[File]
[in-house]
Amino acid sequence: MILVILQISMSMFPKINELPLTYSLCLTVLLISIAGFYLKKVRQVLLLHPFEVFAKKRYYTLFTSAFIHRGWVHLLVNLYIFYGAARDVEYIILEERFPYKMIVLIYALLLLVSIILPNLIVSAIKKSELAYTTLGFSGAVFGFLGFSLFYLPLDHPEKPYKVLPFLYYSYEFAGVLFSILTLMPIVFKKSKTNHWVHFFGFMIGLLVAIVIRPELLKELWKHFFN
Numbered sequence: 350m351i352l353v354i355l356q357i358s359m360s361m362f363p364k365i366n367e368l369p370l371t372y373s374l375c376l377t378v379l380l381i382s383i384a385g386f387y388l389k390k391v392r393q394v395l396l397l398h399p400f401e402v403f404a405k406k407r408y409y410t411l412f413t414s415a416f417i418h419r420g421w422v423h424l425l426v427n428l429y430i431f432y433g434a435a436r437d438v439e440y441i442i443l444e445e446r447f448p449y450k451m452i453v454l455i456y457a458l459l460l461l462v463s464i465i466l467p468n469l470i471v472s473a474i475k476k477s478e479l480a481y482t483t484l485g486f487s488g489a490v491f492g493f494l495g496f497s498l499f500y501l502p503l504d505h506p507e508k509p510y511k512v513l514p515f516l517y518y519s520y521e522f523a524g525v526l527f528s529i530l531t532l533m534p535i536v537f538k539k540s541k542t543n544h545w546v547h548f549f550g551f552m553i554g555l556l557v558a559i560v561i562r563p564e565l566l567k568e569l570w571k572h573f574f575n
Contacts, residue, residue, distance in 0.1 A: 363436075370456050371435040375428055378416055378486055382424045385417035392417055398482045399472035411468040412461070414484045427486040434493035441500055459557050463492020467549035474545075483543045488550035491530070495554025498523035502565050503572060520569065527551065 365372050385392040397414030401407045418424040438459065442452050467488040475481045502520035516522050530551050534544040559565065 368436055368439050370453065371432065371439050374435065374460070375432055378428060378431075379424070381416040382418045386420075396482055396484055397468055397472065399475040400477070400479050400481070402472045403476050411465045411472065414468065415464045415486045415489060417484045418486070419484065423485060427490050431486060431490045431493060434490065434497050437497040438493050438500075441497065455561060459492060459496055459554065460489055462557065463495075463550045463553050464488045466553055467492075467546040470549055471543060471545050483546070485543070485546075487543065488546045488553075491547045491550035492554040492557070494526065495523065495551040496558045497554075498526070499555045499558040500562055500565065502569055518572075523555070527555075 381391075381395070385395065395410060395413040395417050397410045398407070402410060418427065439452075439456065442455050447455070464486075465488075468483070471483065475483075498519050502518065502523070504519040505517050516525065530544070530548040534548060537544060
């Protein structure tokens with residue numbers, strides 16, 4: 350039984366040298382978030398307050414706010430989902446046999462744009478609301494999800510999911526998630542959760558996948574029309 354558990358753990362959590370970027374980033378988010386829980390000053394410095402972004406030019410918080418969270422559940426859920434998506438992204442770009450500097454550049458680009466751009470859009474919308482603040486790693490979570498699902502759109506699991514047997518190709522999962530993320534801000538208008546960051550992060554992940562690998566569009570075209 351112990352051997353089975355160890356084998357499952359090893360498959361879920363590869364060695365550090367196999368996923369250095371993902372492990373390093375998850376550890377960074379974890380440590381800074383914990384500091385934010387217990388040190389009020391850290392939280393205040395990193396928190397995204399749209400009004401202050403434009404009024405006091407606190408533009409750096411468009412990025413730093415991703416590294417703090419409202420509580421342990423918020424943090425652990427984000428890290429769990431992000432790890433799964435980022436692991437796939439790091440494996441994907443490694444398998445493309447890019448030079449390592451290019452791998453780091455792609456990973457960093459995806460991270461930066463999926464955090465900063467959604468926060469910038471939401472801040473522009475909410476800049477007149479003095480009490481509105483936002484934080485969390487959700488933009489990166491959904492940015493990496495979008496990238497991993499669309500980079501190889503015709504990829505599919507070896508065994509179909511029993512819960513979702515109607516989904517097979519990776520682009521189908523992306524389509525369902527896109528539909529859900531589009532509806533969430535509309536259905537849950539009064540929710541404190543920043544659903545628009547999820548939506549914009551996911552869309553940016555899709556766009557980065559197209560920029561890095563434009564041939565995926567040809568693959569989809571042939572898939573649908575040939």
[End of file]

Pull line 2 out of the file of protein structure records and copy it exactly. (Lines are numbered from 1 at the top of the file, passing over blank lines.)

Amino acid sequence: MILVILQISMSMFPKINELPLTYSLCLTVLLISIAGFYLKKVRQVLLLHPFEVFAKKRYYTLFTSAFIHRGWVHLLVNLYIFYGAARDVEYIILEERFPYKMIVLIYALLLLVSIILPNLIVSAIKKSELAYTTLGFSGAVFGFLGFSLFYLPLDHPEKPYKVLPFLYYSYEFAGVLFSILTLMPIVFKKSKTNHWVHFFGFMIGLLVAIVIRPELLKELWKHFFN